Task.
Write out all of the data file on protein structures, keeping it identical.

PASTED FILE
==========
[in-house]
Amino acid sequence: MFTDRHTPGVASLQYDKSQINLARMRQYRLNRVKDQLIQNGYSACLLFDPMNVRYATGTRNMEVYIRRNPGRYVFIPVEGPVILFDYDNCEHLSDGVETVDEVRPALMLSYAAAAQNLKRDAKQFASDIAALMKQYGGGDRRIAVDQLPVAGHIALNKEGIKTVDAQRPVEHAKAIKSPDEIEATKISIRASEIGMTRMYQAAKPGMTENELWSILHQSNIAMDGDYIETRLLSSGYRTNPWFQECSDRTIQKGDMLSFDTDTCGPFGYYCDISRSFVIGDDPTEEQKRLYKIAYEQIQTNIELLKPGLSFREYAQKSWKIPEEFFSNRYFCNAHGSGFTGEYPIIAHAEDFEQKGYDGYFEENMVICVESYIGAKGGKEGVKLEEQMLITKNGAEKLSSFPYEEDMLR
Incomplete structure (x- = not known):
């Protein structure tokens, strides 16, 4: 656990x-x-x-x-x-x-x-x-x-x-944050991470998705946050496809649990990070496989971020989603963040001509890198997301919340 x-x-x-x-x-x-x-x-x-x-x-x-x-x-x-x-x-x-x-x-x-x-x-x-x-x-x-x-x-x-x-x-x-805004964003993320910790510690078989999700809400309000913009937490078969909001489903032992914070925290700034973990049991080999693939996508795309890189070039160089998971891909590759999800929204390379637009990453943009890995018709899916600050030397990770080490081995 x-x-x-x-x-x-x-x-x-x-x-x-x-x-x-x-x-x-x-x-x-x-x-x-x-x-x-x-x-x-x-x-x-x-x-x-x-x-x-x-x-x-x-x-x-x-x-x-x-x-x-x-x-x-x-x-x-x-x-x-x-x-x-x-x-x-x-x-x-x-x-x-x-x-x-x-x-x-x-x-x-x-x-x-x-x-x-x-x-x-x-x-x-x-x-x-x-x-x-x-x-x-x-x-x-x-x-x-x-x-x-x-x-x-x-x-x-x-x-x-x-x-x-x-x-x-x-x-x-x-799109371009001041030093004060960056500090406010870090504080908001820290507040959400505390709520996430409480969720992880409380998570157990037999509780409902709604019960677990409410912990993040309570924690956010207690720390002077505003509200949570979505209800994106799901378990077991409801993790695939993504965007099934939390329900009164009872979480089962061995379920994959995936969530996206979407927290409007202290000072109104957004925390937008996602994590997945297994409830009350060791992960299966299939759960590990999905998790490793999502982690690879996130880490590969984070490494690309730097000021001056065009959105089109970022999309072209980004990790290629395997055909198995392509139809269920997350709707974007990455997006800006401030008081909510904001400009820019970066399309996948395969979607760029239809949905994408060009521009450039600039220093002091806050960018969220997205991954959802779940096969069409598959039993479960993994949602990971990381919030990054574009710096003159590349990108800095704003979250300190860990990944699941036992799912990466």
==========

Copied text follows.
[in-house]
Amino acid sequence: MFTDRHTPGVASLQYDKSQINLARMRQYRLNRVKDQLIQNGYSACLLFDPMNVRYATGTRNMEVYIRRNPGRYVFIPVEGPVILFDYDNCEHLSDGVETVDEVRPALMLSYAAAAQNLKRDAKQFASDIAALMKQYGGGDRRIAVDQLPVAGHIALNKEGIKTVDAQRPVEHAKAIKSPDEIEATKISIRASEIGMTRMYQAAKPGMTENELWSILHQSNIAMDGDYIETRLLSSGYRTNPWFQECSDRTIQKGDMLSFDTDTCGPFGYYCDISRSFVIGDDPTEEQKRLYKIAYEQIQTNIELLKPGLSFREYAQKSWKIPEEFFSNRYFCNAHGSGFTGEYPIIAHAEDFEQKGYDGYFEENMVICVESYIGAKGGKEGVKLEEQMLITKNGAEKLSSFPYEEDMLR
Incomplete structure (x- = not known):
């Protein structure tokens, strides 16, 4: 656990x-x-x-x-x-x-x-x-x-x-944050991470998705946050496809649990990070496989971020989603963040001509890198997301919340 x-x-x-x-x-x-x-x-x-x-x-x-x-x-x-x-x-x-x-x-x-x-x-x-x-x-x-x-x-x-x-x-x-805004964003993320910790510690078989999700809400309000913009937490078969909001489903032992914070925290700034973990049991080999693939996508795309890189070039160089998971891909590759999800929204390379637009990453943009890995018709899916600050030397990770080490081995 x-x-x-x-x-x-x-x-x-x-x-x-x-x-x-x-x-x-x-x-x-x-x-x-x-x-x-x-x-x-x-x-x-x-x-x-x-x-x-x-x-x-x-x-x-x-x-x-x-x-x-x-x-x-x-x-x-x-x-x-x-x-x-x-x-x-x-x-x-x-x-x-x-x-x-x-x-x-x-x-x-x-x-x-x-x-x-x-x-x-x-x-x-x-x-x-x-x-x-x-x-x-x-x-x-x-x-x-x-x-x-x-x-x-x-x-x-x-x-x-x-x-x-x-x-x-x-x-x-x-799109371009001041030093004060960056500090406010870090504080908001820290507040959400505390709520996430409480969720992880409380998570157990037999509780409902709604019960677990409410912990993040309570924690956010207690720390002077505003509200949570979505209800994106799901378990077991409801993790695939993504965007099934939390329900009164009872979480089962061995379920994959995936969530996206979407927290409007202290000072109104957004925390937008996602994590997945297994409830009350060791992960299966299939759960590990999905998790490793999502982690690879996130880490590969984070490494690309730097000021001056065009959105089109970022999309072209980004990790290629395997055909198995392509139809269920997350709707974007990455997006800006401030008081909510904001400009820019970066399309996948395969979607760029239809949905994408060009521009450039600039220093002091806050960018969220997205991954959802779940096969069409598959039993479960993994949602990971990381919030990054574009710096003159590349990108800095704003979250300190860990990944699941036992799912990466």